My magisterium is bigger than yours

As is well known, Stephen Jay Gould offered ‘the principled resolution of supposed “conflict” or “warfare” between science and religion’ in his short book Rocks of Ages.

No such conflict should exist because each subject has a legitimate magisterium, or domain of teaching authority—and these magisteria do not overlap (the principle that I would like to designate as NOMA, or “nonoverlapping magisteria”).

The net of science covers the empirical universe: what is it made of (fact) and why does it work this way (theory). The net of religion extends over questions of moral meaning and value. These two magisteria do not overlap, nor do they encompass all inquiry (consider, for starters, the magisterium of art and the meaning of beauty).

I’ve always disliked that formula; I disliked the book when it came out. Here’s one reason.

Gould treats the two ‘magisteria’ as if they were equal – ‘the net of science covers’ and ‘the net of religion extends over’ sounds as if they’re doing more or less the same kind of work. But that’s wrong. Science is the best and only way to explore nature, while religion is not the best and only way to explore moral meaning and value.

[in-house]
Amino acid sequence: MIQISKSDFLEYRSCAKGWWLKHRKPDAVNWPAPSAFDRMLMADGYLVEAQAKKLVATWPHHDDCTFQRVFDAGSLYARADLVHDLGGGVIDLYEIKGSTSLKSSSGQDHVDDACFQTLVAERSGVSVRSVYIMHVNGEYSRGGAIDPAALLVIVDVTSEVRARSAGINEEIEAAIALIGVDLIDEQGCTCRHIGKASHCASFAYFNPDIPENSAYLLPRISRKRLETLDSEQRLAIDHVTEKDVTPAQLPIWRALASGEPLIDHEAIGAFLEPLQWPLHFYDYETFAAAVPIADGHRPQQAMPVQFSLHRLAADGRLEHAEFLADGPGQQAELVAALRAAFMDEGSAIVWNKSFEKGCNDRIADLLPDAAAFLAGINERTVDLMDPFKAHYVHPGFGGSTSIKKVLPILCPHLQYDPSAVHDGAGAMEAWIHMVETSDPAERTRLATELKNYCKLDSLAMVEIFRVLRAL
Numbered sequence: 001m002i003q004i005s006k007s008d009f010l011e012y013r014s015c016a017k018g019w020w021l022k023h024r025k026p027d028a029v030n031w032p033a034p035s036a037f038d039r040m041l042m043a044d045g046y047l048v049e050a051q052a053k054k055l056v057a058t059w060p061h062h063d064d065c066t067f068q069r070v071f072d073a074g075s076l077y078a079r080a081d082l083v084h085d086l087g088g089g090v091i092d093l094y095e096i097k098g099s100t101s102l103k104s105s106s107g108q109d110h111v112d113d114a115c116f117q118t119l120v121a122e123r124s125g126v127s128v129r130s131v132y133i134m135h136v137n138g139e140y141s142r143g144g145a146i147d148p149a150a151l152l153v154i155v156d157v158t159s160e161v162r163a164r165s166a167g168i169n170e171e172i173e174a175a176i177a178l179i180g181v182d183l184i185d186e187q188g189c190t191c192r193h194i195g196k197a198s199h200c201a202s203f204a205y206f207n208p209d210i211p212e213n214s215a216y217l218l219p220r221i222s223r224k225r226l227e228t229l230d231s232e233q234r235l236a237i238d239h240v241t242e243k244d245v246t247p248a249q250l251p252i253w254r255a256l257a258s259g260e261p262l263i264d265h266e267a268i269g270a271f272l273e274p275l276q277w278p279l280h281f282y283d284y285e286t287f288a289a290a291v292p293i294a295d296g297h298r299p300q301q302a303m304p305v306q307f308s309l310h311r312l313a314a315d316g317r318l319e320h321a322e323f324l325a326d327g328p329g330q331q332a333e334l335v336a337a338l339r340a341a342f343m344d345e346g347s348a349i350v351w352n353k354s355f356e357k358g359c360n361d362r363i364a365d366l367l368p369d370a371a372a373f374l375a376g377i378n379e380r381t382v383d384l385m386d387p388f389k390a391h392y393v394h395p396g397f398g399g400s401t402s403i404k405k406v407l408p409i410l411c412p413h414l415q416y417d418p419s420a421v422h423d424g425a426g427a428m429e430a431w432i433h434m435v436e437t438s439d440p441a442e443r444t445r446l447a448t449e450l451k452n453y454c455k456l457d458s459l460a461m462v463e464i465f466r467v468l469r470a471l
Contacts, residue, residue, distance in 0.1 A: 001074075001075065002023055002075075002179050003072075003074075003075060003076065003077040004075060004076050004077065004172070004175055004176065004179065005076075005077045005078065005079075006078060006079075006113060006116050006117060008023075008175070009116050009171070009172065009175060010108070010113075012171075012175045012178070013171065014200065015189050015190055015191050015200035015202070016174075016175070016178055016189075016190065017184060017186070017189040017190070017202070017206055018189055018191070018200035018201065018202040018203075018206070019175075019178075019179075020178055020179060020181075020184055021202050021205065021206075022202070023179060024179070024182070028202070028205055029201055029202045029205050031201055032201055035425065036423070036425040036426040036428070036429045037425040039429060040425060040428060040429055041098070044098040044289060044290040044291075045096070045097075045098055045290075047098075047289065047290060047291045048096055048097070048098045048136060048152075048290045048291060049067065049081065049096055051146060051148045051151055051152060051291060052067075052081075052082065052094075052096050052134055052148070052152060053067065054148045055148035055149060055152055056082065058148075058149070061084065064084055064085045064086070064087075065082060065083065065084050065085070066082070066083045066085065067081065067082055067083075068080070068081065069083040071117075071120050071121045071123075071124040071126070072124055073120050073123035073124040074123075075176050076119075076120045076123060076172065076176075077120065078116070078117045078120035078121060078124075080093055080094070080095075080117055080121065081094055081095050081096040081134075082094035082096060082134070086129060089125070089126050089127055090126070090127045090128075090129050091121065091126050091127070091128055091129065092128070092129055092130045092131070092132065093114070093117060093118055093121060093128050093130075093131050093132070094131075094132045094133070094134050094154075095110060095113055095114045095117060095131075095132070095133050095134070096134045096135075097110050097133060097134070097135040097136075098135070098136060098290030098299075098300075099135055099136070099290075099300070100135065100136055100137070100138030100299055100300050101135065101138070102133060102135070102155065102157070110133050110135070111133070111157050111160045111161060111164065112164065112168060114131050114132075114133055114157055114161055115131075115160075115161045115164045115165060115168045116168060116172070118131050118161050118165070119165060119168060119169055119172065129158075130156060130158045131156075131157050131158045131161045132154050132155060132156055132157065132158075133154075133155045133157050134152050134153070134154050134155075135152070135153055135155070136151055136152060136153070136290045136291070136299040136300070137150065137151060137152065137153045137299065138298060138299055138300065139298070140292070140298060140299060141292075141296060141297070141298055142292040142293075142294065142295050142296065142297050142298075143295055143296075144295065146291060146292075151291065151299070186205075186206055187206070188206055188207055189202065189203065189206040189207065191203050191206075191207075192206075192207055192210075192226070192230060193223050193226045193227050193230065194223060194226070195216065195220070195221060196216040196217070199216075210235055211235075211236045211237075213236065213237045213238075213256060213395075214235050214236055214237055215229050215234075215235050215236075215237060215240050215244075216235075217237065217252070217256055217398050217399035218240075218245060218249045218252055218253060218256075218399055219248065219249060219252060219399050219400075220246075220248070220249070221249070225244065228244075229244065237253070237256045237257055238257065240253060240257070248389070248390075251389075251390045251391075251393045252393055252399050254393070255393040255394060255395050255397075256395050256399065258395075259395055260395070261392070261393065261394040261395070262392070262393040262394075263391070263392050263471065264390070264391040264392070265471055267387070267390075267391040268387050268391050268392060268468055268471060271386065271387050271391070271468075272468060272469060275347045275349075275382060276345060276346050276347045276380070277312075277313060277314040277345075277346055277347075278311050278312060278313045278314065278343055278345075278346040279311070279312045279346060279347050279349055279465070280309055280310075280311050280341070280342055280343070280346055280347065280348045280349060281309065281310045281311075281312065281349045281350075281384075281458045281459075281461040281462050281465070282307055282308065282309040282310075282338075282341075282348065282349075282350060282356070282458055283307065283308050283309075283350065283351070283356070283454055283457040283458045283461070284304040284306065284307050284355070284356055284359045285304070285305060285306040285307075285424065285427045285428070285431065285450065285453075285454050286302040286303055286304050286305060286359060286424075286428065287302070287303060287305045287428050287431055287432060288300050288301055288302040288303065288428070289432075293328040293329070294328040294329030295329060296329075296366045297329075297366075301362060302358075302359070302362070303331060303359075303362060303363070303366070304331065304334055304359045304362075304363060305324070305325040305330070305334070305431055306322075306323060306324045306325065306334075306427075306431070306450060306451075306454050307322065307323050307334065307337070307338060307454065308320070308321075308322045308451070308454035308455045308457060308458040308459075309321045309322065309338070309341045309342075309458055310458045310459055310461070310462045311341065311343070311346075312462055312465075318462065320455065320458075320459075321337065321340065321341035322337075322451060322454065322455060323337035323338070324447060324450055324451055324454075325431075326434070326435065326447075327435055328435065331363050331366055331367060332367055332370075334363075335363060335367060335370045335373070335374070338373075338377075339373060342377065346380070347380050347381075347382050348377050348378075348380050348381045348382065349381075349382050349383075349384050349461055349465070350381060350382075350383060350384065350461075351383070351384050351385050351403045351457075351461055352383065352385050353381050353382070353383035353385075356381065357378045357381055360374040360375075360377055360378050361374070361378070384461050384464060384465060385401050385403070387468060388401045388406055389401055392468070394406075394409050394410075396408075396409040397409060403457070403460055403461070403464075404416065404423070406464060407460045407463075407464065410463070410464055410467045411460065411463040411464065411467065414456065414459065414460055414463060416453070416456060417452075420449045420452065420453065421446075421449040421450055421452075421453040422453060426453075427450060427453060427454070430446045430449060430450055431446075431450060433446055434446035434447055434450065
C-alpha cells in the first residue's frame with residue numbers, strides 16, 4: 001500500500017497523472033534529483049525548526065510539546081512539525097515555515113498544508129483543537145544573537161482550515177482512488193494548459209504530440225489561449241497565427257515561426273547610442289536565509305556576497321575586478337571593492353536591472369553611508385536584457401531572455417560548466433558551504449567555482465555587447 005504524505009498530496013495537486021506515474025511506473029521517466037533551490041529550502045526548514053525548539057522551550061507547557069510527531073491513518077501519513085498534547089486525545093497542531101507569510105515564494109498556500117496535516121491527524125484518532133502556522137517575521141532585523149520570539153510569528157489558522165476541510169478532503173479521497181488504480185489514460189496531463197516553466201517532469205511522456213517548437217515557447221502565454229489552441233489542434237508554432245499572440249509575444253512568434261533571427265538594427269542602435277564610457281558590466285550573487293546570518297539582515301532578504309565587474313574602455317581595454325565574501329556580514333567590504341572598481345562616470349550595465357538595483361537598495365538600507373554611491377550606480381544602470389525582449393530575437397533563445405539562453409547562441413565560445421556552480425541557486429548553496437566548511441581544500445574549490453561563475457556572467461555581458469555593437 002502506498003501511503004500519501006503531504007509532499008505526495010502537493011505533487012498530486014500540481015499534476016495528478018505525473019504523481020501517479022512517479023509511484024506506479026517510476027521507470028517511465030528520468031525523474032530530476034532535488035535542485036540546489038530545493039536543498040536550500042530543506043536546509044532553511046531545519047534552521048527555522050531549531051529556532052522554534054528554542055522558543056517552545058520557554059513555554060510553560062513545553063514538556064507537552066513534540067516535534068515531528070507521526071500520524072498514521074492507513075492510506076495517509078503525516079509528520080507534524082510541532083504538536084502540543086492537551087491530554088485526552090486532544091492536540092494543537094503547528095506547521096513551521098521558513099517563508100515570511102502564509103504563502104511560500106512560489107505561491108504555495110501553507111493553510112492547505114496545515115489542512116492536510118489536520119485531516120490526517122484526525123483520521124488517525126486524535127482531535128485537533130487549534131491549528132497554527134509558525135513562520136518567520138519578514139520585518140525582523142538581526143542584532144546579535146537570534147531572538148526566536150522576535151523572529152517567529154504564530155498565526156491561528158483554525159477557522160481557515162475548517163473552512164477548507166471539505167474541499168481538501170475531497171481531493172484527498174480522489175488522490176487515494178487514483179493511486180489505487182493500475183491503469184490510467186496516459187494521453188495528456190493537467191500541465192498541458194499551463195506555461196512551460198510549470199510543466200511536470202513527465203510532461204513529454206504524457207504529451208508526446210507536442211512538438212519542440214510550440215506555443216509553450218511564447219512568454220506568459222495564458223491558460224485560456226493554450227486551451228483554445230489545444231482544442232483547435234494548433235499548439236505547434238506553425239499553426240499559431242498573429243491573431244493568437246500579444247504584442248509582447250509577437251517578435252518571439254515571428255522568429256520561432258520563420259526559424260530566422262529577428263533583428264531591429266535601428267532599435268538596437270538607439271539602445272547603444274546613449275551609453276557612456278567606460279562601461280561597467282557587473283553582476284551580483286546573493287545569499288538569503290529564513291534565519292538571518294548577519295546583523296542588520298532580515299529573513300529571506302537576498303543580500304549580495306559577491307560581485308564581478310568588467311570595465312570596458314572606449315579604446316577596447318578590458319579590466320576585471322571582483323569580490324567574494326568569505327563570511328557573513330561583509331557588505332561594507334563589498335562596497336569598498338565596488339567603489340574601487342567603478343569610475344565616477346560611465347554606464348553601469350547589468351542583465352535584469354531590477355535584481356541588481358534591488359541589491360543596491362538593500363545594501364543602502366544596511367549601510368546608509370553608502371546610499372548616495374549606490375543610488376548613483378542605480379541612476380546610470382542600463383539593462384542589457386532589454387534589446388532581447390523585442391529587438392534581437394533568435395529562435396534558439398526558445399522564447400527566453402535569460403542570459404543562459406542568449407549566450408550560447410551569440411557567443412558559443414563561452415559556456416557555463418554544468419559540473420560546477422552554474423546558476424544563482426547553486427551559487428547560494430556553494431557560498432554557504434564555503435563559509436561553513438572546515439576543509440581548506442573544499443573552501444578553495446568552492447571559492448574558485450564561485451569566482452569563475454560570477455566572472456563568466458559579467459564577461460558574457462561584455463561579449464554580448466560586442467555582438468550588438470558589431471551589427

Religion is actually not a very good way to do either one – it tends to be misleading, it tends to be irrelevant, it’s often just plain wrong. The magisterium isn’t really a magisterium. The church has its ‘teachings,’ as it’s always reminding us when they conflict with equality legislation, but its teachings are…not really teachings.

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